BBC News – Pakistan rains cause severe flooding


BBC News – Pakistan rains cause severe flooding.

This is where we’re trying to start emergency flood relief interventions. So far, the central government isn’t allowing international NGOs to work there, though local government officials are screaming for help.

We’ve already sent one rapid assessment team down there with another technical team to follow tomorrow afternoon. They’ll be trying to get official government invitation letters and finding appropriate sites to set up water filtration plants and establish mobile health services.

Wish us luck!




Flickr: Michal Przedlacki’s Photostream

Michal Przedlacki

via Flickr: Michal Przedlacki’s Photostream.

Michal’s a good friend of mine from our Afghanistan days — a dedicated and passionate development worker, who inspires and motivates, and who gets things done.

And, it turns out, he’s also an excellent photographer.

Here’s a link to his Flickr photostream, which has some amazing pictures from his travels and work around the world. I’m linking here to his Afghanistan pictures, but there’s a whole host of others from Burma, Chechnya, the Somali Region of Ethiopia and more.

A great eye from a remarkable person.



A dangerous misreading of the Boston Tea Party from rightwing anarchists | Timothy Snyder for the New York Review of Books blog | Comment is free |



A dangerous misreading of the Boston Tea Party from rightwing anarchists | Timothy Snyder for the New York Review of Books blog | Comment is free |

This is a fine distillation of my own thoughts on the matter. We’re ideologizing ourselves into irrelevancy, insolvency and facelessness. By claiming to want to return to some non-existent Golden Age, discarding facts, creating others out of whole cloth, we erode the ground beneath our feet and give up what truly did make us somewhat special.

Though not always, perhaps even rarely, getting it right, we did strive for a more perfect union, strove to move forward in brash waves of creativity, often times reckless naiveté, and we relished our mongrel nature of the American mixed salad — out of many, one and the whole being much more than the sum of its parts.

But now we strike out in mindless rage, aware that something’s ‘not right’, we’re not on the right path, but allow ourselves to be misled, blinders pulled down tight and our anger directed away from those who oppress, who destroy our way of life, our creativity, our identities, our generosity of spirit — turning us into callous, callow, recalcitrant children.

We claim religious fidelity, yet we forget the exhortation to give ‘unto the least of these’. We claim our fervent desire for freedom, wrapped in ketchup-stained, too tight flag t-shirts, yet would deny that freedom to any and all perceived to be not like ‘us’. We claim we are peaceful and tolerant, yet wage wars across the globe and are quick to mob mentality at the faintest dog whistle.

We say we want our country back, but don’t even remember who we once were, nor realize who we have become — who we are.


What is needed is a truly patriotic position, one that would explain to voters, whatever their sympathies, that there is no American nation without an American middle class, and no American middle class without an American government that provides the essential services that allow people to move up in a globalised world. Whatever one thinks of the Tea Party’s Orwellian references to our revolutionary heritage, there’s no danger of a return to an 18th century: when Ohio did not even exist, and the midwestern economy depended on the Indian flint arrowheads that today pass beneath the blades of the massive high-tech combines. The real danger is that we will move briskly forward to national non-existence, misunderstanding the plainest lessons of our own past along the way. By the time the costs of rightwing anarchism reach the truly privileged, it will be far too late for everyone else. If we don’t find a way to adapt own national thinking to global reality before then, all we can look forward to is leaving a trace: like fossils, or arrowheads, or the mammoth tusk that hangs on my grandmother’s porch.”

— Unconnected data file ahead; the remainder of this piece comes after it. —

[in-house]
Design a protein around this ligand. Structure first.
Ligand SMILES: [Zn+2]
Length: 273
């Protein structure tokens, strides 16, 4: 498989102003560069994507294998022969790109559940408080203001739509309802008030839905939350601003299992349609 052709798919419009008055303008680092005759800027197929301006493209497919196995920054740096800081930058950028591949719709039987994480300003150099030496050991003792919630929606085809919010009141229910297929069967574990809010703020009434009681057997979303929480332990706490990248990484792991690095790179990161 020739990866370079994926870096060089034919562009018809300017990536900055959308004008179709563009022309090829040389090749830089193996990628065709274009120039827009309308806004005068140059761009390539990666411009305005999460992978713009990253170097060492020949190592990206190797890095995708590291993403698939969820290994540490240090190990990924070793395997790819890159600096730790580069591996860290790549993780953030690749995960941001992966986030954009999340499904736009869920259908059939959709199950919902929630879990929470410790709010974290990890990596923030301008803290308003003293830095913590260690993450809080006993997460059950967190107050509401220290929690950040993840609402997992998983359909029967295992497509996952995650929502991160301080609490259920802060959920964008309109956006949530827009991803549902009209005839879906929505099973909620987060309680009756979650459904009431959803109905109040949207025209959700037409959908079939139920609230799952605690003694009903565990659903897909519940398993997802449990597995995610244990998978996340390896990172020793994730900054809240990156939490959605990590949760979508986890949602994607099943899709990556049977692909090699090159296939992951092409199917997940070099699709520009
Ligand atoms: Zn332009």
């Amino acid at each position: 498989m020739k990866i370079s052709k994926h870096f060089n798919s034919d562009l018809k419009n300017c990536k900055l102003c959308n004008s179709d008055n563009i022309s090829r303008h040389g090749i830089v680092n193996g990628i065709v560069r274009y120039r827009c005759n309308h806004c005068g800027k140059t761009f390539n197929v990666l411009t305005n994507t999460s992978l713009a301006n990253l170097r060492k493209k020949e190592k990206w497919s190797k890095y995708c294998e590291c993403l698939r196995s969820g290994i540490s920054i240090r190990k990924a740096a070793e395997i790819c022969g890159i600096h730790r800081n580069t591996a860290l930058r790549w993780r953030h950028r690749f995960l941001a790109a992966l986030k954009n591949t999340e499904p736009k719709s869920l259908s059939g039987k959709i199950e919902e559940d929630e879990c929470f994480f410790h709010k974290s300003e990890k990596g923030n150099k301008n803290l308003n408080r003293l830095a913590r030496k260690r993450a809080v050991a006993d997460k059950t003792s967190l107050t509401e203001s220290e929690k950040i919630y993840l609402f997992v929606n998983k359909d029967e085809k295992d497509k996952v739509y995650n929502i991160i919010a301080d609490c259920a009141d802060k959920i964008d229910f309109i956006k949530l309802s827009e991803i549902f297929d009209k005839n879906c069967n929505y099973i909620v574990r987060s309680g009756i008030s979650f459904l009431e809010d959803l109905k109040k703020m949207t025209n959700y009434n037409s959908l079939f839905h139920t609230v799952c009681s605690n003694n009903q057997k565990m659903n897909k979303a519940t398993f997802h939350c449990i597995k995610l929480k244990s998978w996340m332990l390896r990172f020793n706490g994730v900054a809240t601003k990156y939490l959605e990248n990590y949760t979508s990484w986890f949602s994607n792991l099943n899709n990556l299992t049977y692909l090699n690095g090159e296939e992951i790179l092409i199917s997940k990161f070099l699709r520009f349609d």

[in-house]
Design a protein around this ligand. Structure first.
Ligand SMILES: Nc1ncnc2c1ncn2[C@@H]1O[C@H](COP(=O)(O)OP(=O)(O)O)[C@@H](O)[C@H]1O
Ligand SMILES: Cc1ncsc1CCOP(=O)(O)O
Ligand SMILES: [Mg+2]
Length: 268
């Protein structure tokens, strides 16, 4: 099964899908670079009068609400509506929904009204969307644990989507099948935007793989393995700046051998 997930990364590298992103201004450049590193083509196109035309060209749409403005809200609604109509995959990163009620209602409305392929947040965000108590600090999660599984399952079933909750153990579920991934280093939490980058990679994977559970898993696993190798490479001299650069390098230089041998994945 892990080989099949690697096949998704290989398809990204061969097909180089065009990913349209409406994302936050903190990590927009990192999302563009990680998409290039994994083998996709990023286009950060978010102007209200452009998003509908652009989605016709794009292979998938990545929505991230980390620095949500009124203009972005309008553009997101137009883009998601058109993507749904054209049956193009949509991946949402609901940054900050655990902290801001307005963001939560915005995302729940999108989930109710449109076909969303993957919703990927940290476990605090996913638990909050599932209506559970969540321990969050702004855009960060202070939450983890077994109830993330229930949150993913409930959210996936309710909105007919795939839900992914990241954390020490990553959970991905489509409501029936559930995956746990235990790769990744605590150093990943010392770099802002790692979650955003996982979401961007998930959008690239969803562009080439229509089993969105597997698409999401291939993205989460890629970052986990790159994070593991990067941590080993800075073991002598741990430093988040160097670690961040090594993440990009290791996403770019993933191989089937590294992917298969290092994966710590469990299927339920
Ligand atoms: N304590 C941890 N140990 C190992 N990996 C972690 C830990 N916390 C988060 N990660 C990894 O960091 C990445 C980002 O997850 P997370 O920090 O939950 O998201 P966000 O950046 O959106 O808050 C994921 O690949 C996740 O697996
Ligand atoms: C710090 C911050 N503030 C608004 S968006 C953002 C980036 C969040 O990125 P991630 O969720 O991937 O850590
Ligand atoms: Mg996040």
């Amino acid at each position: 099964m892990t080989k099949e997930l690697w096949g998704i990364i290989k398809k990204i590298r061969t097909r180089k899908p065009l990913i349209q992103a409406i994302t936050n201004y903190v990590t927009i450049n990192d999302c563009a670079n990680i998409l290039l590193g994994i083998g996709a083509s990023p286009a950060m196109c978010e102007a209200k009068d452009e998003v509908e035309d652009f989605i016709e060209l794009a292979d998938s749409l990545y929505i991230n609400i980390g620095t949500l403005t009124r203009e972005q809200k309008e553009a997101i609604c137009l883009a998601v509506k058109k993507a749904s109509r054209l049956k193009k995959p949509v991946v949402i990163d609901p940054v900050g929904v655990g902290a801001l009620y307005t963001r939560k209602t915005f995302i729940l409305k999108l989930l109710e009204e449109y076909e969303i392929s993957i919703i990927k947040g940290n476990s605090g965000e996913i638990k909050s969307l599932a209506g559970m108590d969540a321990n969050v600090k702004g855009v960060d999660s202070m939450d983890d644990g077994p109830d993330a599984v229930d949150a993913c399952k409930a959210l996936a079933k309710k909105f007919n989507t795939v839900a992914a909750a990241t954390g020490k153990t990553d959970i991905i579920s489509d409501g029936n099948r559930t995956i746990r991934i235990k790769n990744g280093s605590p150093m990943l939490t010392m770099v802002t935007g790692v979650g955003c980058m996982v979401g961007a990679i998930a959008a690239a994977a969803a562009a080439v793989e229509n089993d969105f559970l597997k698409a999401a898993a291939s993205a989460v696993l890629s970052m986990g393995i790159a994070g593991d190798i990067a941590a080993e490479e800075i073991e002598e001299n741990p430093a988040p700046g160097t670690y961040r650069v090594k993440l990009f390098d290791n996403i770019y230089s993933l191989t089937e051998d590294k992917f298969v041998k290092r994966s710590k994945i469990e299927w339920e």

Associated Press Of Pakistan ( Pakistan’s Premier NEWS Agency ) – No aid needed from world donors for flood victims in Sindh: NDMA

Let’s hope they’re not wrong. Again.

Associated Press Of Pakistan ( Pakistan’s Premier NEWS Agency ) – No aid needed from world donors for flood victims in Sindh: NDMA.

No aid needed from world donors for flood victims in Sindh: NDMA PDF Print E-mail
ISLAMABAD, Aug 20 (APP): Chairman,National Disaster Management Authority (NDMA) Zafar Qadir on Saturday said that the Authority would not be looking for any international assistance for the current floods which hit Sindh province. NDMA was efficiently managing the relief work and facing no difficulties in its operations, he told APP.
The Authority has distributed relief items including 12,700 tents, three water purification plants and 23,000 family ration packs, to the flood-affected people in Sindh.  The relief goods have been disbursed in the inundated districts of Badin, Tando Muhammad Khan and Mirpur Khas besides the badly damaged Mithi town of Tharparker district, he said.